Jump to content


 


Register a free account to unlock additional features at BleepingComputer.com
Welcome to BleepingComputer, a free community where people like yourself come together to discuss and learn how to use their computers. Using the site is easy and fun. As a guest, you can browse and view the various discussions in the forums, but can not create a new topic or reply to an existing one unless you are logged in. Other benefits of registering an account are subscribing to topics and forums, creating a blog, and having no ads shown anywhere on the site.


Click here to Register a free account now! or read our Welcome Guide to learn how to use this site.

Photo

I have a nasty virus


  • Please log in to reply
6 replies to this topic

#1 jasonmo

jasonmo

  • Members
  • 7 posts
  • OFFLINE
  •  
  • Local time:12:47 AM

Posted 12 December 2009 - 04:42 PM

I have a virus. A bad one. Avira popped up. Windows defender and windows firewall popped up. It was also popping up those fake antivirus ads. Antimalware. It turned off my windows security center. I was doing a malwarebytes scan. It tried to abort it. Now, I can't get on the internet and when I reboot windows defender pops up with this every time trojan:win32/alureon.bt. I also tried to do a system restore. It would not let me. Thanks in advance for the help.

BC AdBot (Login to Remove)

 


#2 Orange Blossom

Orange Blossom

    OBleepin Investigator


  • Moderator
  • 36,804 posts
  • OFFLINE
  •  
  • Gender:Not Telling
  • Location:Bloomington, IN
  • Local time:01:47 AM

Posted 12 December 2009 - 07:43 PM

As no logs have been posted, I am shifting this topic from the specialized HiJack This forum to the Am I Infected forum.

==>PLEASE DO NOT NOW POST LOGS<== unless a log is specifically requested.
Help us help you. If HelpBot replies, you MUST follow step 1 in its reply so we know you need help.

Orange Blossom

An ounce of prevention is worth a pound of cure

SpywareBlaster, WinPatrol Plus, ESET Smart Security, Malwarebytes' Anti-Malware, NoScript Firefox ext., Norton noscript

#3 xblindx

xblindx

  • Banned
  • 1,923 posts
  • OFFLINE
  •  
  • Gender:Male
  • Local time:01:47 AM

Posted 12 December 2009 - 08:01 PM

Open task manager (Ctrl + alt + delete) and attempt to end wscsvc32.exe and/or wow64main.exe. Even if it doesn't successfully end the process, lets start out with Malwarebytes.

(If you cannot access the internet on the infected computer, download the setup files, and the most recent definition updates to a flash drive on a clean computer with internet access and transfer them over to the infected machine)

Some types of malware will disable MBAM and other security tools. If MBAM will not install, try renaming it.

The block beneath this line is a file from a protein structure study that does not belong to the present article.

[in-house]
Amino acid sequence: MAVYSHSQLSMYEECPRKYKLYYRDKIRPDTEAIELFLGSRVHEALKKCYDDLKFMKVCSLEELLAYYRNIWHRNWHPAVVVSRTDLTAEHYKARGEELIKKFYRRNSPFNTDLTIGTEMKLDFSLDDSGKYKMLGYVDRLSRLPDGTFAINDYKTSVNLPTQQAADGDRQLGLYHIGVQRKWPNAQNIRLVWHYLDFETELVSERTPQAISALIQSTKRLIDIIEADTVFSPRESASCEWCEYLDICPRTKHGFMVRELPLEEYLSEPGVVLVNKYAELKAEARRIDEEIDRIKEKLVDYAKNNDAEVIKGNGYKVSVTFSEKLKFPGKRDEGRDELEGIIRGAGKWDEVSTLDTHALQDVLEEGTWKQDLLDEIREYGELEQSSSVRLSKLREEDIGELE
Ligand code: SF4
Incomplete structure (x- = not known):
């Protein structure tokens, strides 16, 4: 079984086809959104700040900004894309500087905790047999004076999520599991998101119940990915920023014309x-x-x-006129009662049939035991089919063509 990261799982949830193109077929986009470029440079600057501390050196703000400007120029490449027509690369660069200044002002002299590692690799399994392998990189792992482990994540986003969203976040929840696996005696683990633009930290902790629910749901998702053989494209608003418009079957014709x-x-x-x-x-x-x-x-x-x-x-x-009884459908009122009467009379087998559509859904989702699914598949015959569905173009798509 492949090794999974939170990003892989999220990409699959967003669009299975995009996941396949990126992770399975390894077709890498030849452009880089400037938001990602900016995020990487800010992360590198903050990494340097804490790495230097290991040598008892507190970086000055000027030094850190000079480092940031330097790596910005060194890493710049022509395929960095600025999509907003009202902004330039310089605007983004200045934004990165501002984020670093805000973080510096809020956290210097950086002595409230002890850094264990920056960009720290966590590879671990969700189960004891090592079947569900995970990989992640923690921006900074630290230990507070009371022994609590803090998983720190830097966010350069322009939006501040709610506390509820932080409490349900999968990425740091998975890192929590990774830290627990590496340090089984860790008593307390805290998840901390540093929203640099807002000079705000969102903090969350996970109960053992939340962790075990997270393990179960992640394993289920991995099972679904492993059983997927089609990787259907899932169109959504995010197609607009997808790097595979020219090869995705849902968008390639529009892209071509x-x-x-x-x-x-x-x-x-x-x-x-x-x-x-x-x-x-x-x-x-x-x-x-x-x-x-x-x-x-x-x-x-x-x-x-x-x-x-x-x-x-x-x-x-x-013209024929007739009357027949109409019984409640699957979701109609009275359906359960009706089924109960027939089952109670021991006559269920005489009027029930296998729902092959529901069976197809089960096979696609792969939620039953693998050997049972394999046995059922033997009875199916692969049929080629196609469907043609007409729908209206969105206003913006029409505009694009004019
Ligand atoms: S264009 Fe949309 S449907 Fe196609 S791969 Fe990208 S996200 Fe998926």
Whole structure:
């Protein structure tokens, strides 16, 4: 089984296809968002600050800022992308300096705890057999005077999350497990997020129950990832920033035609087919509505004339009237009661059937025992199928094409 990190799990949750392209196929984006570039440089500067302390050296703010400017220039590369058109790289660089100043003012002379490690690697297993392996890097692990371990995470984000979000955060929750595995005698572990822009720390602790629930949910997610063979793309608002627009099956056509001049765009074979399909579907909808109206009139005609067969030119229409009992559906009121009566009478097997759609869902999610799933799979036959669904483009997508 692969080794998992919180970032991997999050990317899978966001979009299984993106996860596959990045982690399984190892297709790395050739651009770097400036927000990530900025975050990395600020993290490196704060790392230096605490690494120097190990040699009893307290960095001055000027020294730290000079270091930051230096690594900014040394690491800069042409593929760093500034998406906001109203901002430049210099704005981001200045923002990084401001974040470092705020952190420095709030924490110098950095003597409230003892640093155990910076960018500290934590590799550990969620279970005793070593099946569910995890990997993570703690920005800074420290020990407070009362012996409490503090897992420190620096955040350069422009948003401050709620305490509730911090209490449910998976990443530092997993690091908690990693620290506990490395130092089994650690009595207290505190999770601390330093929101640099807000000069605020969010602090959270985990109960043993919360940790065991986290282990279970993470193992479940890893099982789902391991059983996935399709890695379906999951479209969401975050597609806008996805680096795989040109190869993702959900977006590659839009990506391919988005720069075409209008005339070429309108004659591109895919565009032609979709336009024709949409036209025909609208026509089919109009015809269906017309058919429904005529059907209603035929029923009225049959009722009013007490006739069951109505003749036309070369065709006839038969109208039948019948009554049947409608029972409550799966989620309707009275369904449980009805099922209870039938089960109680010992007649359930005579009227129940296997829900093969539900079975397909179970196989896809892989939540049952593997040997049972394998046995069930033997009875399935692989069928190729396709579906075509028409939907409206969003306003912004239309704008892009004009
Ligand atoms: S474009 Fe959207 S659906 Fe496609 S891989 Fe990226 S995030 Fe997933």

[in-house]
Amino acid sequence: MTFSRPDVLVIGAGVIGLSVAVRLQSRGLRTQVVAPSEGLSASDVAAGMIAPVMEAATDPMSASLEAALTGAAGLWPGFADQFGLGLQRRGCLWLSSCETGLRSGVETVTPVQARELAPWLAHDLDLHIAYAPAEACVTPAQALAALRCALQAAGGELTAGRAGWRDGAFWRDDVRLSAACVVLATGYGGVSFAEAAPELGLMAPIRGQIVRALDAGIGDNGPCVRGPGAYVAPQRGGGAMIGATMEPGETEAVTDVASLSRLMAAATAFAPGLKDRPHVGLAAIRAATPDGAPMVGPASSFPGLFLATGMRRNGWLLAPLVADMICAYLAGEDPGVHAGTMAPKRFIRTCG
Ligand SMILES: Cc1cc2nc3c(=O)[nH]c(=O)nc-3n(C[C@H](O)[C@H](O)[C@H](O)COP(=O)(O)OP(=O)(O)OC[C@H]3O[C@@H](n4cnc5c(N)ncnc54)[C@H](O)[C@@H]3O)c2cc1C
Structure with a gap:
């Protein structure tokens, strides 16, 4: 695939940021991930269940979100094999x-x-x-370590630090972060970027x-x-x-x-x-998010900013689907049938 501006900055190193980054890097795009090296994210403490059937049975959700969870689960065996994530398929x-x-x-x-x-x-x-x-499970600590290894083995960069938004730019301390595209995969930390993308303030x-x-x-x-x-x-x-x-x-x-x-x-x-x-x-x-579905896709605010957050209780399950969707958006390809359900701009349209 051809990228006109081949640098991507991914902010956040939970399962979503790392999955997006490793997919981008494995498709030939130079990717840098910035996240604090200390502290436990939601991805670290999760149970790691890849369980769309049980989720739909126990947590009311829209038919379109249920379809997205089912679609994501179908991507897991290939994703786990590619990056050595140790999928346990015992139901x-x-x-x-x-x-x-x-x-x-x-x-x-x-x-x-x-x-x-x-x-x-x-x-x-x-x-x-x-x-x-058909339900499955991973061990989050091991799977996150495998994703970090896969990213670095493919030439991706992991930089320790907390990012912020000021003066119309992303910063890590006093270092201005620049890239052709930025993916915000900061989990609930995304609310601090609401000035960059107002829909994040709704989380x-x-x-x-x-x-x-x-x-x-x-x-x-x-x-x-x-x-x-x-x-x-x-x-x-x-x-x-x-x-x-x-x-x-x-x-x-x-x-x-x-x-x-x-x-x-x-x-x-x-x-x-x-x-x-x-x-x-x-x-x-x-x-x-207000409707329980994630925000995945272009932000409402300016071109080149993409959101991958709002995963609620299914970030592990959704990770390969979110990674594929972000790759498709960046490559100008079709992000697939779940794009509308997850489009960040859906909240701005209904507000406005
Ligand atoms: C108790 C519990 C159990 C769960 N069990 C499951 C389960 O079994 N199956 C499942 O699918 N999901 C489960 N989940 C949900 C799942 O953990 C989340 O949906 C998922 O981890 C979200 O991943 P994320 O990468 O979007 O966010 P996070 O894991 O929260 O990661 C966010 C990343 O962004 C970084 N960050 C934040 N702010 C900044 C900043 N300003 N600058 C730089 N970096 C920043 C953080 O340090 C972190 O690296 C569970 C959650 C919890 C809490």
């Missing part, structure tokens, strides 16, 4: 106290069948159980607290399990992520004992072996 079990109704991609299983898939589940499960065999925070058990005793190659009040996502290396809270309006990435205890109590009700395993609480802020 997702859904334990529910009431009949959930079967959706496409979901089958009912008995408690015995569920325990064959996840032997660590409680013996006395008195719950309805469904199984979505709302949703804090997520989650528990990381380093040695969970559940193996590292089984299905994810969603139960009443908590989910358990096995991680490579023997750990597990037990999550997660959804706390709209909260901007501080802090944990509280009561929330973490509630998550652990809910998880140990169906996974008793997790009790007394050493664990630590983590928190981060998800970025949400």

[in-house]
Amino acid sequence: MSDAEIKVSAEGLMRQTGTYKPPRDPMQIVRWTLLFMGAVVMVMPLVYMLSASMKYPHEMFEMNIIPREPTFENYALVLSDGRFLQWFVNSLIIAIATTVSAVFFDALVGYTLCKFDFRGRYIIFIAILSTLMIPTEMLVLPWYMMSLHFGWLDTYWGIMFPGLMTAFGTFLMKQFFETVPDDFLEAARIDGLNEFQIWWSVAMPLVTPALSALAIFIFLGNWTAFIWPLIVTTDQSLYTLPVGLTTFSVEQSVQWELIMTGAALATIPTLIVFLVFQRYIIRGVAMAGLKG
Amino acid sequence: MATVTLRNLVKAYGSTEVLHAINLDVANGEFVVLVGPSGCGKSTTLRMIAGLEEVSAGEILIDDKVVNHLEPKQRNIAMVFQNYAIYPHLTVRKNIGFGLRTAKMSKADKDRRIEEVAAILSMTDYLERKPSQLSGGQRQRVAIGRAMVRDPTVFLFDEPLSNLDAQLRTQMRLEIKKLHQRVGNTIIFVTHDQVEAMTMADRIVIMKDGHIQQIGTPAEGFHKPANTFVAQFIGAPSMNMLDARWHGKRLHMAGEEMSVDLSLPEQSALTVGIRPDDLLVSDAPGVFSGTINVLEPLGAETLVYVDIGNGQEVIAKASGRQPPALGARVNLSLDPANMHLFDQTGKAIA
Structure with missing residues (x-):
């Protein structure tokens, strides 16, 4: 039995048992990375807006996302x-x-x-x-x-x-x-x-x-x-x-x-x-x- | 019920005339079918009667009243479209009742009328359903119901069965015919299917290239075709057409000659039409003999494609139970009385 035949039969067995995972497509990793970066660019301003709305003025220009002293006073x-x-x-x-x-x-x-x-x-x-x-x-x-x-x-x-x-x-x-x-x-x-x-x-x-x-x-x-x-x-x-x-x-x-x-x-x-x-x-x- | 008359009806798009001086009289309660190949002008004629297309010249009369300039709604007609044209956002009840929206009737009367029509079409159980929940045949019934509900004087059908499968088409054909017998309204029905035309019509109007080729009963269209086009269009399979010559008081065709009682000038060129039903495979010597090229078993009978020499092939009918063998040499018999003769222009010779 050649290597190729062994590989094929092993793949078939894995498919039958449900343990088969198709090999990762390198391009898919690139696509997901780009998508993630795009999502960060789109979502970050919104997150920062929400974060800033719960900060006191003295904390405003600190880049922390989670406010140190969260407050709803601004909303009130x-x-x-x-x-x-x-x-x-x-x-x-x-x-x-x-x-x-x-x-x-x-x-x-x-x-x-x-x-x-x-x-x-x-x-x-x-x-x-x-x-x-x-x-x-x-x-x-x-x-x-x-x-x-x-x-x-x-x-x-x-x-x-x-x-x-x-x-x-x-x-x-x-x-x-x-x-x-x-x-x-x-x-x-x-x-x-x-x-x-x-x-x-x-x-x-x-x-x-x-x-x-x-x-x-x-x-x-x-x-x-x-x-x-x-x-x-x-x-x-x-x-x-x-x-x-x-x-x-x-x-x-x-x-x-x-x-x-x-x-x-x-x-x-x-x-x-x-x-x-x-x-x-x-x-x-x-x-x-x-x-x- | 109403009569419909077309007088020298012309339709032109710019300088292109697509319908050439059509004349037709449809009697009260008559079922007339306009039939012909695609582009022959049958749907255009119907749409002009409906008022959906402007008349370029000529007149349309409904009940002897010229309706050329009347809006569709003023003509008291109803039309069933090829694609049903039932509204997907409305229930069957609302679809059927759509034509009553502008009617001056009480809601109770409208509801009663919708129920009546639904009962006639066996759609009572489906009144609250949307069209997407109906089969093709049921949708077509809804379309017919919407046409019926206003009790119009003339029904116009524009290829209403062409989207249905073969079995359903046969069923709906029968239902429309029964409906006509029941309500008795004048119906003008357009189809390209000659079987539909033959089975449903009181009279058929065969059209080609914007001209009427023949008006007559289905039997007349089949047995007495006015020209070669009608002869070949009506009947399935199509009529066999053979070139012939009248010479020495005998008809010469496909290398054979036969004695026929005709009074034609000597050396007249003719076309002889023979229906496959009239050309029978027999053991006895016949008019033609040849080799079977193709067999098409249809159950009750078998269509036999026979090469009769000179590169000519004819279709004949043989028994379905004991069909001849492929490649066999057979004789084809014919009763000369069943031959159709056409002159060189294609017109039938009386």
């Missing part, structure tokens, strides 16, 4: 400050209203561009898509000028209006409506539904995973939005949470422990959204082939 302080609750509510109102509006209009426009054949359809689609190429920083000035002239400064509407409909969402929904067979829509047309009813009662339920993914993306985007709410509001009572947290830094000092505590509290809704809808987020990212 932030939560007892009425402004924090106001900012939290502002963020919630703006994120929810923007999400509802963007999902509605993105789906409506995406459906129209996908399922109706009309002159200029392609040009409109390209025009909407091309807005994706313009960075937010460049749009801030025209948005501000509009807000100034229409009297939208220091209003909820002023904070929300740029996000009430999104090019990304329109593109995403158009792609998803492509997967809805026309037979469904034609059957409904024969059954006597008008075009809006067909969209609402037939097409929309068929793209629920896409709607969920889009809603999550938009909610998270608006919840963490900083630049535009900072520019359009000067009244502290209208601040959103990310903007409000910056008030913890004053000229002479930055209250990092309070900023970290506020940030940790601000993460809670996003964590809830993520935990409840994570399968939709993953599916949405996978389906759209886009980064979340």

• Before saving any of your security programs, rename them first. For example, before you save Malwarebytes', rename it to something like MBblah.exe and then click on Save and save it to your desktop. Same thing after you install it. Before running it, rename the main executable file first

    Right-click on the mbam-setup.exe file and change the .exe extension to .bat, .com, .pif, or .scr and then double-click on it to run.

    If after installation, MBAM will not run, open the Malwarebytes' Anti-Malware folder in Program Files, right-click on mbam.exe and change the .exe as noted above. Then double-click on it to run..
  • Another work around is by not using the mouse to install it, Just use the arrow keys, tab, and enter keys.

~ Courtesy of boopme

Please download Malwarebytes Anti-Malware and save it to your desktop.
  • Make sure you are connected to the Internet.
  • Double-click on mbam-setup.exe to install the application.
  • When the installation begins, follow the prompts and do not make any changes to default settings.
  • When installation has finished, make sure you leave both of these checked:
    • Update Malwarebytes' Anti-Malware
    • Launch Malwarebytes' Anti-Malware
  • Then click Finish.
  • MBAM will automatically start and you will be asked to update the program before performing a scan. If an update is found, the program will automatically update itself. Press the OK button to close that box and continue. If you encounter any problems while downloading the updates, manually download them from here or here and just double-click on mbam-rules.exe to install.
  • On the Scanner tab:
    • Make sure the "Perform Quick Scan" option is selected.
    • Then click on the Scan button.
  • If asked to select the drives to scan, leave all the drives selected and click on the Start Scan button.
  • The scan will begin and "Scan in progress" will show at the top. It may take some time to complete so please be patient.
  • When the scan is finished, a message box will say "The scan completed successfully. Click 'Show Results' to display all objects found".